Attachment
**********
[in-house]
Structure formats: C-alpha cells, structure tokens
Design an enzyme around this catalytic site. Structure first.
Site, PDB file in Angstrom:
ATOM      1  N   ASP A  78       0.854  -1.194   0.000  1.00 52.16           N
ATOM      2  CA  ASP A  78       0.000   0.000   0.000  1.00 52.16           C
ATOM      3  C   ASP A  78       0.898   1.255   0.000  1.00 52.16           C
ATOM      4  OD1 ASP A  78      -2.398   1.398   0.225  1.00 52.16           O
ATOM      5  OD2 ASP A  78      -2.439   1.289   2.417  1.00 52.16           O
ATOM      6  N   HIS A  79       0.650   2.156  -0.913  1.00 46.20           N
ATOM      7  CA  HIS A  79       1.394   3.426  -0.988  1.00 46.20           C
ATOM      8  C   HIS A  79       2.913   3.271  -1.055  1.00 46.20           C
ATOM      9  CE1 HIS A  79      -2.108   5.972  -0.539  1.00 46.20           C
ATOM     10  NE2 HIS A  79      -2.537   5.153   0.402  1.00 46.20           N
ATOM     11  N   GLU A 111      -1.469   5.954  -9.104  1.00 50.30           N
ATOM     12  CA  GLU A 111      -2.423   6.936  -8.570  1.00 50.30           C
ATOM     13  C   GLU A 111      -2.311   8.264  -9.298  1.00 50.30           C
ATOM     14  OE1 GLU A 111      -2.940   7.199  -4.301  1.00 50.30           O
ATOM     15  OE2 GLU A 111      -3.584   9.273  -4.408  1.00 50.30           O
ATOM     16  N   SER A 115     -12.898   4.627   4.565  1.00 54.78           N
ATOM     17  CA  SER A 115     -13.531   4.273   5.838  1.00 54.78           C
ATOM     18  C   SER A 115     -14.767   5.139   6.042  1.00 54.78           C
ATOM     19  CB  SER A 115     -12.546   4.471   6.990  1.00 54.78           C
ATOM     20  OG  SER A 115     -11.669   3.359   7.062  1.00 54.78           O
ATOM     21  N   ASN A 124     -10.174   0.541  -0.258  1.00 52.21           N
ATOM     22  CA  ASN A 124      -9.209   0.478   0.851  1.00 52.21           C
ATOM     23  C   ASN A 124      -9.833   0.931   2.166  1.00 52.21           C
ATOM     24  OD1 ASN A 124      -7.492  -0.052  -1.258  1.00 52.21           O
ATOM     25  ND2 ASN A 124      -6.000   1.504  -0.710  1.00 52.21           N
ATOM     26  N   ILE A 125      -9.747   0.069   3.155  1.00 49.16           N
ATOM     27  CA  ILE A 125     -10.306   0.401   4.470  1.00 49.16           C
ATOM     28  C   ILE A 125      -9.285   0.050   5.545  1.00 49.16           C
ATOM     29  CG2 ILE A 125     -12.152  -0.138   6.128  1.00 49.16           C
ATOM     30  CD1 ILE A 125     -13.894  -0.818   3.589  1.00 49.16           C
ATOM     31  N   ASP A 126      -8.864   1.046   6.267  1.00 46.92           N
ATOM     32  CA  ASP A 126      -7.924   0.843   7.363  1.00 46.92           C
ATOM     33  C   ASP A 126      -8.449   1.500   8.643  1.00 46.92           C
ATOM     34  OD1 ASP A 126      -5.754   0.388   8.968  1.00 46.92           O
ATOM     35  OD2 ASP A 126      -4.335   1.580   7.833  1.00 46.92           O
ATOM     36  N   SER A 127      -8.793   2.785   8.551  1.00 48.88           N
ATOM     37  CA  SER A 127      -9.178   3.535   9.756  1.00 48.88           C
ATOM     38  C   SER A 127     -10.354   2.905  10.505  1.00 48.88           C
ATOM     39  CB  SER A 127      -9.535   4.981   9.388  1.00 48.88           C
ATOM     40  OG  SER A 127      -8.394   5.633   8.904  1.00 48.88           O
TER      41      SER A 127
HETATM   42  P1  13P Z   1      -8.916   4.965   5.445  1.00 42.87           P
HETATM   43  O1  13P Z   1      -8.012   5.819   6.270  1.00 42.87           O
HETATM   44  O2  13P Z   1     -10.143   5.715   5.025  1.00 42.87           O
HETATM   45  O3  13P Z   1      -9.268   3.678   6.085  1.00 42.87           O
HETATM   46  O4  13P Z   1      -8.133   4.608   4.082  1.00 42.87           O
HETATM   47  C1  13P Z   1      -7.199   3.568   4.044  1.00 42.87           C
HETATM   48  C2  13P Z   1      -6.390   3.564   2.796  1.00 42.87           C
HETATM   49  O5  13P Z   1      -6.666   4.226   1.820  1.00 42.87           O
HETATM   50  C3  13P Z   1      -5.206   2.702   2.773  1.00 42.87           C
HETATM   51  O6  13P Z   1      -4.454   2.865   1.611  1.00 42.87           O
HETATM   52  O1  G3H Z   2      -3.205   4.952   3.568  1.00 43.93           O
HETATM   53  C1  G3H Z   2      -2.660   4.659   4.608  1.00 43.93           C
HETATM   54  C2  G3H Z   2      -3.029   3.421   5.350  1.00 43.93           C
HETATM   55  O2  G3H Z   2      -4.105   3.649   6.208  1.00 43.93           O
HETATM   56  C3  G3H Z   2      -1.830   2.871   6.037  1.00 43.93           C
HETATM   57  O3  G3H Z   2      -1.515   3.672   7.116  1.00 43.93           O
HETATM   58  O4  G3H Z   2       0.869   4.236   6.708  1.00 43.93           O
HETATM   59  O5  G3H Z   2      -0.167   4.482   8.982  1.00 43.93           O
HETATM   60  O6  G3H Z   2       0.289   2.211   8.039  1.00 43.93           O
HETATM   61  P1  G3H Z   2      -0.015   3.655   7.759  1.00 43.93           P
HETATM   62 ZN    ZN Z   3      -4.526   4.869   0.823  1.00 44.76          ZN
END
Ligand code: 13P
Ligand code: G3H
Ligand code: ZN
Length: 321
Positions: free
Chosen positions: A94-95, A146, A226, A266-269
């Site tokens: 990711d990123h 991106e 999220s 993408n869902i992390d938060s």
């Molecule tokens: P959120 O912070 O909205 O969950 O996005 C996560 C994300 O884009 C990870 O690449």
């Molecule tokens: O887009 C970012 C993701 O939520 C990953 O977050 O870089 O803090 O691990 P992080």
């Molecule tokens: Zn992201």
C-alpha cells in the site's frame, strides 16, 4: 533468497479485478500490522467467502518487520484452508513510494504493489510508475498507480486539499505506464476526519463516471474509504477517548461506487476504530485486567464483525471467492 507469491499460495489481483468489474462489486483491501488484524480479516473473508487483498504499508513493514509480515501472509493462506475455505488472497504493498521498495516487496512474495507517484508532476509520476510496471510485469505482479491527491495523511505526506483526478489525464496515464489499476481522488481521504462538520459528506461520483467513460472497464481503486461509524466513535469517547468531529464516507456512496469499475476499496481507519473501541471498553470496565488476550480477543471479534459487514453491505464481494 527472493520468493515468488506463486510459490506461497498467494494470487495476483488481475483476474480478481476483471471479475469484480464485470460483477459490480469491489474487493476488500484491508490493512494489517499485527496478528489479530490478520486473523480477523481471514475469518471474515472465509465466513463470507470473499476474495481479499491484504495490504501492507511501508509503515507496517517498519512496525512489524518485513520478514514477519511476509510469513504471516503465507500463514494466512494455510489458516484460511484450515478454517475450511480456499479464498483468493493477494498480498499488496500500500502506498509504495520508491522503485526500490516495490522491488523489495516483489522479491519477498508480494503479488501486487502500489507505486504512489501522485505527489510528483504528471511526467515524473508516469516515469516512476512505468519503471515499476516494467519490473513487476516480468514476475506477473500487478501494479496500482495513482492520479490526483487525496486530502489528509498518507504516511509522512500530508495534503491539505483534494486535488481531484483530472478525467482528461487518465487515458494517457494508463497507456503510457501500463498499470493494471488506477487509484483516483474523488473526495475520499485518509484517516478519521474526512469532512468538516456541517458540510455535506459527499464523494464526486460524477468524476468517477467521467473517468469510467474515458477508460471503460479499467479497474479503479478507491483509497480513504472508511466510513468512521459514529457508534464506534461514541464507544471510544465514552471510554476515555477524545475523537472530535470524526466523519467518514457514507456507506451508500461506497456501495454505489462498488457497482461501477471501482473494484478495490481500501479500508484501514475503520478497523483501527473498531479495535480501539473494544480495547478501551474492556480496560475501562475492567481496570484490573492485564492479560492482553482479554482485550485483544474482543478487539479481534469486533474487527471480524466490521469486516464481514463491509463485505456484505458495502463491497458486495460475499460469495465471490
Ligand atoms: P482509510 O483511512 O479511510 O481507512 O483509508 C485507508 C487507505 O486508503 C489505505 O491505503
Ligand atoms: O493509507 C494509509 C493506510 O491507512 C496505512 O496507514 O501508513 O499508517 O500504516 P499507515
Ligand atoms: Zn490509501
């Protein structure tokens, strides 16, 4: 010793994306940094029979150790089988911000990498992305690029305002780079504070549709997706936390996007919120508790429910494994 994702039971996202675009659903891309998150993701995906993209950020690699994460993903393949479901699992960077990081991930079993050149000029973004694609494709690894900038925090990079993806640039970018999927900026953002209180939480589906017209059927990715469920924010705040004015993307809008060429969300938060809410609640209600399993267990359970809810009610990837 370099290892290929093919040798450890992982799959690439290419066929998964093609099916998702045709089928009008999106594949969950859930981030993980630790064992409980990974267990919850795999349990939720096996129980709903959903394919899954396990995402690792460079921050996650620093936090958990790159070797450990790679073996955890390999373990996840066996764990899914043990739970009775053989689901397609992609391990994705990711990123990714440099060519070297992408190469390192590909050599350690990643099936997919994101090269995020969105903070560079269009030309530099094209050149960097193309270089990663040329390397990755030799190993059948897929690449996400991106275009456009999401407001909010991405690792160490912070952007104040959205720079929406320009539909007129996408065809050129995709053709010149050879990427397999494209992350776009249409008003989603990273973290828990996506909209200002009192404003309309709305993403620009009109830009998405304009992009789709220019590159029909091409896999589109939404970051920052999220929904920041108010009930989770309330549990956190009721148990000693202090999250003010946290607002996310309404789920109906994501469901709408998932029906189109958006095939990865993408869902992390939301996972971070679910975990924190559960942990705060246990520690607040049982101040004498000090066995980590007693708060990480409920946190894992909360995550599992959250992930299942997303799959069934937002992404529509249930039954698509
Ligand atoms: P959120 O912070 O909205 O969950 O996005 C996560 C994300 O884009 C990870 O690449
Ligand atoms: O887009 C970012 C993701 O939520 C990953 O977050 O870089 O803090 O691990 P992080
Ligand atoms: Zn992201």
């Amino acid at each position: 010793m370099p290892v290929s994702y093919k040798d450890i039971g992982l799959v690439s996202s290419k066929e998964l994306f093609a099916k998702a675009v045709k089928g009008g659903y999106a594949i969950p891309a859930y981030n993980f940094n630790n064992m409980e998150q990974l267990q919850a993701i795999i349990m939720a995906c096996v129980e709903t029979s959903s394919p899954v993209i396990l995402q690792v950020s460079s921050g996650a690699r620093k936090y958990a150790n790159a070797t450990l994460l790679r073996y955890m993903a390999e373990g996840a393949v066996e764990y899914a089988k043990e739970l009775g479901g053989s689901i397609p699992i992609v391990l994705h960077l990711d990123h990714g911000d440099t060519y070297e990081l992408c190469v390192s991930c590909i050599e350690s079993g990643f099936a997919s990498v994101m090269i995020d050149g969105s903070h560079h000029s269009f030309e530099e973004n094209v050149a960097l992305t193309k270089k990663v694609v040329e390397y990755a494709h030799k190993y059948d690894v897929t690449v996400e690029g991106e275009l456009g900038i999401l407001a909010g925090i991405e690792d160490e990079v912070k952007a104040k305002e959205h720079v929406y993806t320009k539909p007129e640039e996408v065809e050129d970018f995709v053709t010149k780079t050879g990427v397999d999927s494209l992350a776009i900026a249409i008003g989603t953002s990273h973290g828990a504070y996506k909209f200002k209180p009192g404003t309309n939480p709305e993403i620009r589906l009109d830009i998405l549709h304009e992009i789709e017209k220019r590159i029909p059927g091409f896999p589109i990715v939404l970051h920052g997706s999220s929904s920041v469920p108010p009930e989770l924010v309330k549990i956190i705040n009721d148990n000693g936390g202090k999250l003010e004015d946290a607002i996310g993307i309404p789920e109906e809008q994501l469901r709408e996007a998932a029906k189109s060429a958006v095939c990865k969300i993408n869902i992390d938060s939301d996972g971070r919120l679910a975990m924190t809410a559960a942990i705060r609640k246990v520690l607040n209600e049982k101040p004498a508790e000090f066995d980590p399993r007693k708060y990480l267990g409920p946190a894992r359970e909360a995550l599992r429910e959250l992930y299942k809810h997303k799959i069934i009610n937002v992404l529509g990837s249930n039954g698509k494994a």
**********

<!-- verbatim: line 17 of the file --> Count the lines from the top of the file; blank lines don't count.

ATOM     13  C   GLU A 111      -2.311   8.264  -9.298  1.00 50.30           C